June 18 Encyclical from Pope Francis on the Climate Crisis calls for urgent action to stop the destruction of the planet and reverse climate change. His bold statements will likely have ripple effects in the public debate. Where that debate may have its deepest impact is on how climate change will disproportionately affect the poor.
In his encyclical, the Pope states “Reducing our carbon footprint is not just a technical scientific necessity; it has also emerged as the human rights challenge of our time. The most devastating effects of climate change – deadly storms, heat waves, droughts, rising food prices and the advent of climate refugees – are being visited on the world’s poor”.
The strategies to combat global warming, then, must take into account the plight of the poor. One of the most progressive proposals is the fee and dividend system, an approach favoured by many leading scientists and economists. In contrast to a carbon credits system that allows the continuance of excessive consumption by the wealthy, fee and dividend would place an incremental fee on carbon content of fossil fuels and return all revenue equally to households in the form of a dividend. Since poor and low-income households inherently produce less carbon, they would benefit the most from the dividend.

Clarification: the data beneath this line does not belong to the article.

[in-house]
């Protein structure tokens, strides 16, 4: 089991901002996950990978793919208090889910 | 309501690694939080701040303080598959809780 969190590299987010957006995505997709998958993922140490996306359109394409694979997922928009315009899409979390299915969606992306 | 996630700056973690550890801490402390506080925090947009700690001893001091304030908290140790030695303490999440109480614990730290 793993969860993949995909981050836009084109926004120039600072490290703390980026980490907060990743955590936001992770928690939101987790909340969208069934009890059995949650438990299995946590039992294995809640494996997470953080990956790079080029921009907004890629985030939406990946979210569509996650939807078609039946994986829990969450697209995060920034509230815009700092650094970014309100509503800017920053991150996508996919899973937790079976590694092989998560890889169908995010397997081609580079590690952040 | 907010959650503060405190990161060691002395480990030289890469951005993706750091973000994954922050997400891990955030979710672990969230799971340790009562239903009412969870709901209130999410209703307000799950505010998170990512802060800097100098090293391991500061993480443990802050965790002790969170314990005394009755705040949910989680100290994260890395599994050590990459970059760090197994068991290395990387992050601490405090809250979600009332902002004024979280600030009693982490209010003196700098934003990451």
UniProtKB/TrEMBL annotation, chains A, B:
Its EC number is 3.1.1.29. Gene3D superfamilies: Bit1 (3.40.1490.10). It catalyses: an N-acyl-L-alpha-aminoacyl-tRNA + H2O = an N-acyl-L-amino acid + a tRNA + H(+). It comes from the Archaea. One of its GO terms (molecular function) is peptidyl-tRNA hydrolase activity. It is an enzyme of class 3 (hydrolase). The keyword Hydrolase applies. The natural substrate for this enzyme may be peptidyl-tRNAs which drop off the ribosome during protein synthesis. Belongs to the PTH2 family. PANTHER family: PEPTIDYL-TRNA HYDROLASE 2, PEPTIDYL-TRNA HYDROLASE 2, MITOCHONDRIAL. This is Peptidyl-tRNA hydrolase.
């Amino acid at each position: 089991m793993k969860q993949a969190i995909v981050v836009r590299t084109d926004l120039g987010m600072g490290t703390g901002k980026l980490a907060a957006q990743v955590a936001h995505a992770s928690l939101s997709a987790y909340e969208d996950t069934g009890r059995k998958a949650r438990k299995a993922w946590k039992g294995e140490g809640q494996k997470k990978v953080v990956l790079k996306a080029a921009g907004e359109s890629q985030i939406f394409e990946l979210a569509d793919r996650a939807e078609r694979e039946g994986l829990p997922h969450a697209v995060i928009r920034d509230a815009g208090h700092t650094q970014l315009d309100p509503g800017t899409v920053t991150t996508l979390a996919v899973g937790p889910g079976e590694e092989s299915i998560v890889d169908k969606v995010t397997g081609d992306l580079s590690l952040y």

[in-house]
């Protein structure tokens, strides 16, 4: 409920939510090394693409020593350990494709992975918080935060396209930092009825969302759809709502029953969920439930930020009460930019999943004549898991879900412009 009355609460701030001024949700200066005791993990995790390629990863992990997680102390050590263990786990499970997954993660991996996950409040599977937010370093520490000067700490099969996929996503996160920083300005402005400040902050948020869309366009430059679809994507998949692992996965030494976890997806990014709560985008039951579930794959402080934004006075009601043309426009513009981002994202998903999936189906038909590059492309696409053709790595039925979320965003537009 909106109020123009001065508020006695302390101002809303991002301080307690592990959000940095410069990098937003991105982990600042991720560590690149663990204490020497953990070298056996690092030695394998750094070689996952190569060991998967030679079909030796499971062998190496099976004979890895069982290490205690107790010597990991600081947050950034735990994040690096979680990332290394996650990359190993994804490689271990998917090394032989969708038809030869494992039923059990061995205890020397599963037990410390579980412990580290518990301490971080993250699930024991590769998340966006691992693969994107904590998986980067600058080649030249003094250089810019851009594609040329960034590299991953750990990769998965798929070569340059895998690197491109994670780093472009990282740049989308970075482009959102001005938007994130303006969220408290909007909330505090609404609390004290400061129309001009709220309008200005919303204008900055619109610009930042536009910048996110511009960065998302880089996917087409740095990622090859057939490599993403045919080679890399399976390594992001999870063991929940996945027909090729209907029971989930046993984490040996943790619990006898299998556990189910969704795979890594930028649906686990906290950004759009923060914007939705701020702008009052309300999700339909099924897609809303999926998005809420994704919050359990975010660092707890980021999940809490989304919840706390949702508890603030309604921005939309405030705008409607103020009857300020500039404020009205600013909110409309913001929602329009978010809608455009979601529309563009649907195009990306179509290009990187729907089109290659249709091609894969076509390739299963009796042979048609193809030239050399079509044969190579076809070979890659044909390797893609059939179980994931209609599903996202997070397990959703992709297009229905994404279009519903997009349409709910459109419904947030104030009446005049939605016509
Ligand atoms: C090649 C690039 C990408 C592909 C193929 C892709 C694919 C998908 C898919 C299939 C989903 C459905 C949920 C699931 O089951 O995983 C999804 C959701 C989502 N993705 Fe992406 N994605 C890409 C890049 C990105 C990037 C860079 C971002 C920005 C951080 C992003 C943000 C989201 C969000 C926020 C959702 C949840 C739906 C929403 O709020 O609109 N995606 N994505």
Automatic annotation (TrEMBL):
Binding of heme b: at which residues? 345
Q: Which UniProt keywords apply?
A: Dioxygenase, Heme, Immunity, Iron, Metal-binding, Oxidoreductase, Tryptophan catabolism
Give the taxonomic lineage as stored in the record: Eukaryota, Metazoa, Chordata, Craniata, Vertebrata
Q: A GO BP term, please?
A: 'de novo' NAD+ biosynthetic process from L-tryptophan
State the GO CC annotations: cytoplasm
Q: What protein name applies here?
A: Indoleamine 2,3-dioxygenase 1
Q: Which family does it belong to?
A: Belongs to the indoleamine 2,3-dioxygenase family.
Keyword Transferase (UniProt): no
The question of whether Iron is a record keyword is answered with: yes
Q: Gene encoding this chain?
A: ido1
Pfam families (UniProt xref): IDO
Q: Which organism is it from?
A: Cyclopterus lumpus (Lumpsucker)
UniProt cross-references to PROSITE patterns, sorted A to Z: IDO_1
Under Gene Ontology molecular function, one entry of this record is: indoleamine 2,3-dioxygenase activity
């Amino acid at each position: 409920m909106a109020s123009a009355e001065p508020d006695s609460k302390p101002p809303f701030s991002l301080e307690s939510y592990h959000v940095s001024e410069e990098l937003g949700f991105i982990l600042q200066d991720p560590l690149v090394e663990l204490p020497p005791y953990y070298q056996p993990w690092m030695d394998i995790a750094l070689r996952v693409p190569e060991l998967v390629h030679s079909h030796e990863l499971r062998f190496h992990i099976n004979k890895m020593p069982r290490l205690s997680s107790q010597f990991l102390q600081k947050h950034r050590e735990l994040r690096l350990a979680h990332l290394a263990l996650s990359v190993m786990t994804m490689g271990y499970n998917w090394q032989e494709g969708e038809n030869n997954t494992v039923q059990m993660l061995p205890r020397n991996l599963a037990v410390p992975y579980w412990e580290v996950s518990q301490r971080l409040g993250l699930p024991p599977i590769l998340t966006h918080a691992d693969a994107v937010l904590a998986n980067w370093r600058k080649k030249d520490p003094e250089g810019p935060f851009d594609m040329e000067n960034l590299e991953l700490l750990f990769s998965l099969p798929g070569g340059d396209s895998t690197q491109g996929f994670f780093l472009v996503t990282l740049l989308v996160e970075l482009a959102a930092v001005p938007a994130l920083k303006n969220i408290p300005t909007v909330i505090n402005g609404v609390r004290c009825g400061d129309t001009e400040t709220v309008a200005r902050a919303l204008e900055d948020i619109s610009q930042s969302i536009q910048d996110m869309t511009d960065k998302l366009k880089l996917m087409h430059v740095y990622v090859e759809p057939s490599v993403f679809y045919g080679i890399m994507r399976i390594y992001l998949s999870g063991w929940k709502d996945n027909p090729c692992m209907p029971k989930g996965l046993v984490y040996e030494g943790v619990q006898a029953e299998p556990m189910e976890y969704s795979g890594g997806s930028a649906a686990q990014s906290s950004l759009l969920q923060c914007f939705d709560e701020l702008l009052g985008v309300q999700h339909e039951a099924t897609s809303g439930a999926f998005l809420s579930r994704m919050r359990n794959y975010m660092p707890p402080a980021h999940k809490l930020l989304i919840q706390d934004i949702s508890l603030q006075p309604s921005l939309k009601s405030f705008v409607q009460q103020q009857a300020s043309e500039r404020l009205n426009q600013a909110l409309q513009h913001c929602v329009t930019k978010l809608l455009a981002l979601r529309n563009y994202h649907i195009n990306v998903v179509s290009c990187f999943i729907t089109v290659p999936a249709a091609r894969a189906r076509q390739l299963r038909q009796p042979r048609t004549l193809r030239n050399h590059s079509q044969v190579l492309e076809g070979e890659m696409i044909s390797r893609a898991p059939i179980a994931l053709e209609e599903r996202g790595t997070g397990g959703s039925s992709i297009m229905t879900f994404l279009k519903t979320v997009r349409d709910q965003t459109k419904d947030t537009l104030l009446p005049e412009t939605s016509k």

Fee and dividend is one step towards heeding the Pope’s “cry for the Earth and cry of the poor.”
Dona and Paul Grace-Campbell